Four mortgage lenders will be filing their annual reports late due to requirements of the Sarbanes-Oxley Act of 2002.
Impac Mortgage Holdings Inc. notified the Securities and Exchange Commission that it would miss Wednesday's deadline to file its annual report on Form 10-K for the year ended Dec. 31, 2004 as a result of the compliance measures it took when restating several periods' financial statements.
"The time and resources committed to the restatements delayed the company's internal timetable with respect to its documentation, assessment and evaluation of internal control over financial reporting, which were undertaken in order to comply with the requirements of Section 404 of the Sarbanes-Oxley Act," Impac said in the notice filing with the SEC.
"Due in large part" to complying with the act, "management's assessment of the effectiveness of the company's internal control over financial reporting was substantially delayed, thereby delaying the performance" of its independent auditor KPMG LLP, the Newport Beach, Calif.-based lender added.
Late last month, the chief executive of the Mortgage Bankers Association wrote a letter to the SEC informing there was concern amongst the industry about the negative effects, including high costs, created by complying with the particular section of the Act, which calls for companies to employ a formal structure for management and their auditors to judge the effectiveness of the internal control over financial reporting in conjunction with an audit of financial statements.
Future criticism of the scope of their testing and increased penalties for inaccurate financial reporting imposed by the act "have created an atmosphere of 'near paranoia,'" leading both company management and auditors to perform excessive testing and documentation, the MBA said, adding that amongst the cons, the act's "point in time" requirement to have management assessments and auditor opinions on internal controls tested causes operation challenges with management, finance and auditors, since all have conflicting year-end priorities.
The real estate investment trust said it expects to file the annual report by March 31.
However, the 10-K filing will include unaudited financial statements as it does not believe that time will be sufficient for KPMG to issue an audit report on its 2004 financial statements and an assessment of the effectiveness of internal control over financial reporting.
Upon receipt of KPMG's audit reports, Impac will file an amended annual report on Form 10-K/A to include these reports and audited financial statements for 2004.
Accredited Home Lenders Holding Co. also filed for a 15-day extension with SEC to turn its 10-K annual report, citing "additional demands on management and other resources in complying with both the requirements of Section 404...and the shortened 10-K filing deadline applicable to Accredited as an accelerated filer," according to a press release Wednesday.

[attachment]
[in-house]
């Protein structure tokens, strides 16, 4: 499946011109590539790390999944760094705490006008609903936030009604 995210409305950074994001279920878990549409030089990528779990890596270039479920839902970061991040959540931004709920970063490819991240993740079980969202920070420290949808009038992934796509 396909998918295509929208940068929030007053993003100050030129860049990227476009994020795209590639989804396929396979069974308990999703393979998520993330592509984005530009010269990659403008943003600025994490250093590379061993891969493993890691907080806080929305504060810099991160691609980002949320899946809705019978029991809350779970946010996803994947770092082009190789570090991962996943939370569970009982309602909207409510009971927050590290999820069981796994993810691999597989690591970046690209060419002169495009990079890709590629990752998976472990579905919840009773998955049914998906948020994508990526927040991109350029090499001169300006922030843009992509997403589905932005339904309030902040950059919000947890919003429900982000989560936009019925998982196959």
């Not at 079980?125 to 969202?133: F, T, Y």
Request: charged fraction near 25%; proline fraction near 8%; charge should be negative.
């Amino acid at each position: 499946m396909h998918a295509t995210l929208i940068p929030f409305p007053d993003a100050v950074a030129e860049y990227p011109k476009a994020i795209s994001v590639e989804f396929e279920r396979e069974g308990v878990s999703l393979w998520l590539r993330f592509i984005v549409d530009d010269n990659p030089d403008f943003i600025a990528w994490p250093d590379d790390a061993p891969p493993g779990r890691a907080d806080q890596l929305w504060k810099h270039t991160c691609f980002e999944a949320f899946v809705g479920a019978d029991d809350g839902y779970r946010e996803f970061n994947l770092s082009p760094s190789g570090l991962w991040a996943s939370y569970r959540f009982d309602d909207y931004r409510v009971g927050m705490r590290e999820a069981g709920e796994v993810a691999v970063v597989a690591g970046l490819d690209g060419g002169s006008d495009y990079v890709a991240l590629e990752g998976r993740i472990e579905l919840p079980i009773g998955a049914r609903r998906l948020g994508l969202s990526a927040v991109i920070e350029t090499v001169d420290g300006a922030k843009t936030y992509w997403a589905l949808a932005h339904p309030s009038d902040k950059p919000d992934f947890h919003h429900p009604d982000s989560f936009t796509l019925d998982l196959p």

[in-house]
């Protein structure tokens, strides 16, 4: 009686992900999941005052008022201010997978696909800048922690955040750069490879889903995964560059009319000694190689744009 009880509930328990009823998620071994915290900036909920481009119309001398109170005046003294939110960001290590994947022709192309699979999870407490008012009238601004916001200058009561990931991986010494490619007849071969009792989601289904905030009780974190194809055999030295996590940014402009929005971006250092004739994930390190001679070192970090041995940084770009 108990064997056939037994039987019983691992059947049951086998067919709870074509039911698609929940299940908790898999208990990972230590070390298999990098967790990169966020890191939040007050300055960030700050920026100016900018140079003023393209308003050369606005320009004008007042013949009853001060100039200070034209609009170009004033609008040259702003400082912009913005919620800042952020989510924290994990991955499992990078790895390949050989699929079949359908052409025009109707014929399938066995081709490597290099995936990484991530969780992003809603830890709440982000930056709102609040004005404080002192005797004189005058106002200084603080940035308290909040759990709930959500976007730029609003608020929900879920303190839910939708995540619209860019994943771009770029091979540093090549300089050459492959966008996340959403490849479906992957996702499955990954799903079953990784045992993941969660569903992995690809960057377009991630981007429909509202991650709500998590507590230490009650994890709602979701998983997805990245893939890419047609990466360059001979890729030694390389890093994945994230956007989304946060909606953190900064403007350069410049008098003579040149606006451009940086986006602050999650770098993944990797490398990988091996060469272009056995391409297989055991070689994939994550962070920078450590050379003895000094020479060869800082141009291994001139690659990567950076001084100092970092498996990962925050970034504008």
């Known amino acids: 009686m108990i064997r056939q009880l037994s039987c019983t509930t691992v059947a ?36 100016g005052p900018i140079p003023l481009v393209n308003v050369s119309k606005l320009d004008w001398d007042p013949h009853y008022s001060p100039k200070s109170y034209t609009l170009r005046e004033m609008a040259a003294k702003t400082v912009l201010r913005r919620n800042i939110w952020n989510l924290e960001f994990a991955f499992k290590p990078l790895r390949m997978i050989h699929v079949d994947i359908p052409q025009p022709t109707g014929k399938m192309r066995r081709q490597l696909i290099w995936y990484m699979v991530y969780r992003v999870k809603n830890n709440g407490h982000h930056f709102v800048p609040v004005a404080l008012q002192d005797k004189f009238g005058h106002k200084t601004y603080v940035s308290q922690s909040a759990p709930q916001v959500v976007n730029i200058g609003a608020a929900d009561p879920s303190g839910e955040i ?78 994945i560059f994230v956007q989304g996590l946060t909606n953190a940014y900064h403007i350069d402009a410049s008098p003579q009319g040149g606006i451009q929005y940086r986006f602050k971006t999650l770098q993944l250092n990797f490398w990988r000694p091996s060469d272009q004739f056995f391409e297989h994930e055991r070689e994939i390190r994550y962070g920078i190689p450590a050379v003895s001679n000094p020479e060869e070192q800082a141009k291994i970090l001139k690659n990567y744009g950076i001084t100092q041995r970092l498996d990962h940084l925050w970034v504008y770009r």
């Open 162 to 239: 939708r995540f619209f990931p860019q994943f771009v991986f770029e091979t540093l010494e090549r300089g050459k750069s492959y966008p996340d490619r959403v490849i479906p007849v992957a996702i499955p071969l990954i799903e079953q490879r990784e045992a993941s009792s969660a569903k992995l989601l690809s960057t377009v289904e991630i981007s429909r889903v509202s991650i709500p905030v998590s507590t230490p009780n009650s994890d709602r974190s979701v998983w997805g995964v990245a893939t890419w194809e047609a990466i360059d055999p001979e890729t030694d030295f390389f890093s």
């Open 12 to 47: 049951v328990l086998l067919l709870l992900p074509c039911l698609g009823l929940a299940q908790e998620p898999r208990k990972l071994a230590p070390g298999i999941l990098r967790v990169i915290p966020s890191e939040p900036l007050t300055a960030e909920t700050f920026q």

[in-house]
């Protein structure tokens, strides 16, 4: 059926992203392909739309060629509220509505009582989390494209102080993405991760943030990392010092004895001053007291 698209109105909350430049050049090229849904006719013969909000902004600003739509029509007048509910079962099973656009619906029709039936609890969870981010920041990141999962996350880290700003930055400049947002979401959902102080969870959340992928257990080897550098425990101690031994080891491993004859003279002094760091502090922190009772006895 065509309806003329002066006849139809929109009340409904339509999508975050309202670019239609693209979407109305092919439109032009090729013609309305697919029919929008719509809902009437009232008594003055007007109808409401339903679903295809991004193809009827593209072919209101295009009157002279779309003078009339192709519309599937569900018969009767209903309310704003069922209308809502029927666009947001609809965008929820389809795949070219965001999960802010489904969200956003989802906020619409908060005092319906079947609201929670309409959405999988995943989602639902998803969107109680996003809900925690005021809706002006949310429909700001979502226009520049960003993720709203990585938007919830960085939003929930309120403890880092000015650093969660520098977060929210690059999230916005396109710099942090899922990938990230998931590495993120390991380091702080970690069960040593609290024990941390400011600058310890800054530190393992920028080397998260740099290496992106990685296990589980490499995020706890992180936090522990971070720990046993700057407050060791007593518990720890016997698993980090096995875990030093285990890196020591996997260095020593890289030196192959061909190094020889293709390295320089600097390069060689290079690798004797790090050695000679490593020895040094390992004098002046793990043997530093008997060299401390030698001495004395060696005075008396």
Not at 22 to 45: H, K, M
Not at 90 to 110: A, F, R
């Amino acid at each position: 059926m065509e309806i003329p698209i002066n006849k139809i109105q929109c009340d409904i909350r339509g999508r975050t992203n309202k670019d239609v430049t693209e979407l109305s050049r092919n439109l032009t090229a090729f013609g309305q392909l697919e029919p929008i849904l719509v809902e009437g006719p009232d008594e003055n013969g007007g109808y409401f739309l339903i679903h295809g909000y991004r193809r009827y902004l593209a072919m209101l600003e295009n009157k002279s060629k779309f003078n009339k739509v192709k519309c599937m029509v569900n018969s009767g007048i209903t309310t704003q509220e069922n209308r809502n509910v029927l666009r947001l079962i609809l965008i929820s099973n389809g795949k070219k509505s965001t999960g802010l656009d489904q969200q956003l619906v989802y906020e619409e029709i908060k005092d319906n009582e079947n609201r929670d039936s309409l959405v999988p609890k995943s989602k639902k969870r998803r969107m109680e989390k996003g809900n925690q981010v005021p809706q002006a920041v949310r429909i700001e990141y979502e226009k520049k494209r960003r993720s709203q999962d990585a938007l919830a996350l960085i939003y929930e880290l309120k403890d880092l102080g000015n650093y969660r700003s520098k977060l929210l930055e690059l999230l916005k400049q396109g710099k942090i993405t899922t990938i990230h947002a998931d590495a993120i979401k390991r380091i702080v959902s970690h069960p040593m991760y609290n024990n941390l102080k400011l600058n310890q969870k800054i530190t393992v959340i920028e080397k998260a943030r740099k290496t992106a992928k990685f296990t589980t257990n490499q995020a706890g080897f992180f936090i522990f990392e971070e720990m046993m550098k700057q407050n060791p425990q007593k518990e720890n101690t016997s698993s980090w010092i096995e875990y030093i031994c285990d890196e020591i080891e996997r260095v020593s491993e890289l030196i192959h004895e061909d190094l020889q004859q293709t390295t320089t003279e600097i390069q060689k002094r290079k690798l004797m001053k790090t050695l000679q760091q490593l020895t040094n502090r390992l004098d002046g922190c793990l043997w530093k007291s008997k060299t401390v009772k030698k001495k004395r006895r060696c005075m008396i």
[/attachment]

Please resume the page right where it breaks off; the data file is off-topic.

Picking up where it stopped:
The San Diego-based nonprime lender expects to have the report completed and filed by the March 31 extension deadline.
In Edison, N.J., Hanover Capital Mortgage Holdings Inc. announced its earnings for the fourth quarter as well as for 2004, but also informed it intended to file the Form 10-K after completion of the year-end independent audit, expected no later than the end of this month.
"We wanted to provide shareholders a preview of what we anticipate final results for the fourth quarter and the full year will be as our staff continues to work with auditors to complete the year-end review, which includes compliance with Sarbanes-Oxley," said Hanover chief financial officer J. Holly Loux in the announcement. "During the review process, we determined that our historical method of accounting for reimbursable out-of-pocket expenses needed to be adjusted, but the accounting treatment will have no impact on net income for any period covered by our 2004 annual report or any prior period."
In Troy, Mich., Flagstar Bancorp Inc. also announced it had filed for the 15-day deadline extension to issue the 10-K report to the SEC.
The lender said that "despite diligent efforts," it was unable to finish the work necessary for the 10-K, "including complying with the internal control requirements" of the Act by the March 16 due date "without unreasonable effort and expense."
Mortgage Bankers Request Relief
Mortgage lenders, frustrated with the high cost of complying with the Sarbanes-Oxley Act of 2002, have warned the Securities and Exchange Commission that investors, employees and American competitiveness may all suffer if compliance requirements don't ease up.